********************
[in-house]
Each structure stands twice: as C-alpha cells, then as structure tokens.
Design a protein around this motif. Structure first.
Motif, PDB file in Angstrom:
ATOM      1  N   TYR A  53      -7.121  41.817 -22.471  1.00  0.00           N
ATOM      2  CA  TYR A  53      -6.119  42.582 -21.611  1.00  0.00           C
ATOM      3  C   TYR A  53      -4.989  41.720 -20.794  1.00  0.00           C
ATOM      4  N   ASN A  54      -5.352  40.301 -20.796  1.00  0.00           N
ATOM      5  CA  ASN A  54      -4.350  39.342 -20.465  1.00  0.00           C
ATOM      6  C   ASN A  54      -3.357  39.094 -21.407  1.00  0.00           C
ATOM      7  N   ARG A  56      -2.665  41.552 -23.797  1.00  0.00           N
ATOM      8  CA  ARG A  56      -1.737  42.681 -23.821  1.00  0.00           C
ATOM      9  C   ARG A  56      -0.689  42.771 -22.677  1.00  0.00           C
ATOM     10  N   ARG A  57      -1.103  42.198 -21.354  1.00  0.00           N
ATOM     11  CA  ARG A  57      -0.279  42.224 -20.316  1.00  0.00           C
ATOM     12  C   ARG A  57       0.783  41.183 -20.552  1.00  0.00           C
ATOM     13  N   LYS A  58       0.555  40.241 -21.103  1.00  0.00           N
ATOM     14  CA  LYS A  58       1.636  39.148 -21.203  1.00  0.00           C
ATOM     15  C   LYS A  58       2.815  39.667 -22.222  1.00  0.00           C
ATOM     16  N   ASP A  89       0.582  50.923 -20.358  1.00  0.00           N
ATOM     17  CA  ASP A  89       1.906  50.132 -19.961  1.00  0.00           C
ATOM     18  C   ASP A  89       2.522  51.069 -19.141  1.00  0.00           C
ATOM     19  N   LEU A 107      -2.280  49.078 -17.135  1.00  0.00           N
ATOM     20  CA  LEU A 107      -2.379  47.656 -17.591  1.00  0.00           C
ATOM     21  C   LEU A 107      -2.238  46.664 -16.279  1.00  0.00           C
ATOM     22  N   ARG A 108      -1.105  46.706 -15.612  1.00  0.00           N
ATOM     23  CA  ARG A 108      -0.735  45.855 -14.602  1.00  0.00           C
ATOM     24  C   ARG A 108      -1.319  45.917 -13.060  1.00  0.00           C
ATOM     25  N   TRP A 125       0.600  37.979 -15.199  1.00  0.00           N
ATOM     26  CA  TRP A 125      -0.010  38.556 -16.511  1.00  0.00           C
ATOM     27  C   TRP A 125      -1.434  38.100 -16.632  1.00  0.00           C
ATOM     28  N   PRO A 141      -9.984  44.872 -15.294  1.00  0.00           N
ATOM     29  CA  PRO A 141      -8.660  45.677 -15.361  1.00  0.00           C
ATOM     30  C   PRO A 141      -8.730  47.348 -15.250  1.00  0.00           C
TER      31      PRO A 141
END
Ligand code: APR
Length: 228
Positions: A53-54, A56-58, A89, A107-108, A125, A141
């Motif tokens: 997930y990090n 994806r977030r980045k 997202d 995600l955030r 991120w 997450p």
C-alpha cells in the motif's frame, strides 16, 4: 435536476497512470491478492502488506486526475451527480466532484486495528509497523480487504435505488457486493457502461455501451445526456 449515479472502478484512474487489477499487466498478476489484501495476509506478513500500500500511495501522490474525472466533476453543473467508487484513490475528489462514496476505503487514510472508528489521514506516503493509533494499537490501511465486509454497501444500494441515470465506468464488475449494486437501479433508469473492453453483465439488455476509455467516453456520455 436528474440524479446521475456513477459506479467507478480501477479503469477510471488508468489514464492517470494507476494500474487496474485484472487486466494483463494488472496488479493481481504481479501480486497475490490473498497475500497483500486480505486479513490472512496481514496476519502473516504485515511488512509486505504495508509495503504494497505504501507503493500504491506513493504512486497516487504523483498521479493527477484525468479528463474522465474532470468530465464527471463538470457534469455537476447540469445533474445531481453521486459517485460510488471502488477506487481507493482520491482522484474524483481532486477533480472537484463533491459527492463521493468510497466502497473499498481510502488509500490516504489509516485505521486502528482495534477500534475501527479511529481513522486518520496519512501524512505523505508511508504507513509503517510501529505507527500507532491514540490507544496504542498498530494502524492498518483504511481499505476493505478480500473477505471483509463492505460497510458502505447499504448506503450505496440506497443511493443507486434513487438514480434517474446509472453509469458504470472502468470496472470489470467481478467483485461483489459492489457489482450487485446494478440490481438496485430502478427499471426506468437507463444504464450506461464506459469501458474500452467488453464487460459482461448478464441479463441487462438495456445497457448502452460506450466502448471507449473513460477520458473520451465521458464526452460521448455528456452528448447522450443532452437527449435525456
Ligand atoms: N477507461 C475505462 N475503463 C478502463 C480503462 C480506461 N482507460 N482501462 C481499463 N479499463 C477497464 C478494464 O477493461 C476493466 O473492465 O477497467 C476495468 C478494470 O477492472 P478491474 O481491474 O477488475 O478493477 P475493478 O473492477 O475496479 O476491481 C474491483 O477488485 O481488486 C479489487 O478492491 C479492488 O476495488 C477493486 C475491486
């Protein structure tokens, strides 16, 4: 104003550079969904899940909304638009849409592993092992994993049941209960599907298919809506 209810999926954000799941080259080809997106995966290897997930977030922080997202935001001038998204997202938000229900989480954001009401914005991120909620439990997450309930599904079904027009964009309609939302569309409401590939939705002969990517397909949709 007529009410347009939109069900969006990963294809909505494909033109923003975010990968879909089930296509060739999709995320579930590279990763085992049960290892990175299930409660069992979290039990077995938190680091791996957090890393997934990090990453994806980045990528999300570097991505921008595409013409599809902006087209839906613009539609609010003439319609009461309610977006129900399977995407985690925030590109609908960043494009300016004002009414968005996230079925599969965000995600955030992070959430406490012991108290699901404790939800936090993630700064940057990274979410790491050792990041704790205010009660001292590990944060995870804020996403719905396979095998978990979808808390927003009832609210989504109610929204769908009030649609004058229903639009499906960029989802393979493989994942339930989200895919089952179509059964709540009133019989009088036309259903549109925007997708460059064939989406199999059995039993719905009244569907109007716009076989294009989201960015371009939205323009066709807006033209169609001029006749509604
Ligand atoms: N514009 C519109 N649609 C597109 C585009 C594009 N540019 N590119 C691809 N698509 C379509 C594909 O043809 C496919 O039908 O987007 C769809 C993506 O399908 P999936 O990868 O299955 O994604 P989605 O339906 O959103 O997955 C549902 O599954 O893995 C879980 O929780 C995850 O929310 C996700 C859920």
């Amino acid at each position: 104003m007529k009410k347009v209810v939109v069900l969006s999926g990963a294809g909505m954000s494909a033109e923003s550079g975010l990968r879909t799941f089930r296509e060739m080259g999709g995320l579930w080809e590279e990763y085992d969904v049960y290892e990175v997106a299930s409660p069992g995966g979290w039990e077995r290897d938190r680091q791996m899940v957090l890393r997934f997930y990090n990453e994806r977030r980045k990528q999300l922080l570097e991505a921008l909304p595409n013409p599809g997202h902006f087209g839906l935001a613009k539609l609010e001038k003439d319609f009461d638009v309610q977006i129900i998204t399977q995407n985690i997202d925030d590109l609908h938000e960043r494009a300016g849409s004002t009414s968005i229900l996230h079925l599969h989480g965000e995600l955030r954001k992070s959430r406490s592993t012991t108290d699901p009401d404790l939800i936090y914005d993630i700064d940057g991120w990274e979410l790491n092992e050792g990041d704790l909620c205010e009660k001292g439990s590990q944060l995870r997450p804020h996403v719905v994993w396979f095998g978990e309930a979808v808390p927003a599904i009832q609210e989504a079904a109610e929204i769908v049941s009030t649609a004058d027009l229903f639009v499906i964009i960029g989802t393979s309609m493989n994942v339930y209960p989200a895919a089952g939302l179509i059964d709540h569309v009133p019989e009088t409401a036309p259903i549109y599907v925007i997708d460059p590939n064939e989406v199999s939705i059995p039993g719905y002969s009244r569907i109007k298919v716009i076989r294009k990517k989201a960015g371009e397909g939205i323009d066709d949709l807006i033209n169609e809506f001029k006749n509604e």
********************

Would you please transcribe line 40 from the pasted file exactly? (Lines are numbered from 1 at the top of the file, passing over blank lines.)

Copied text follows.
């Motif tokens: 997930y990090n 994806r977030r980045k 997202d 995600l955030r 991120w 997450p």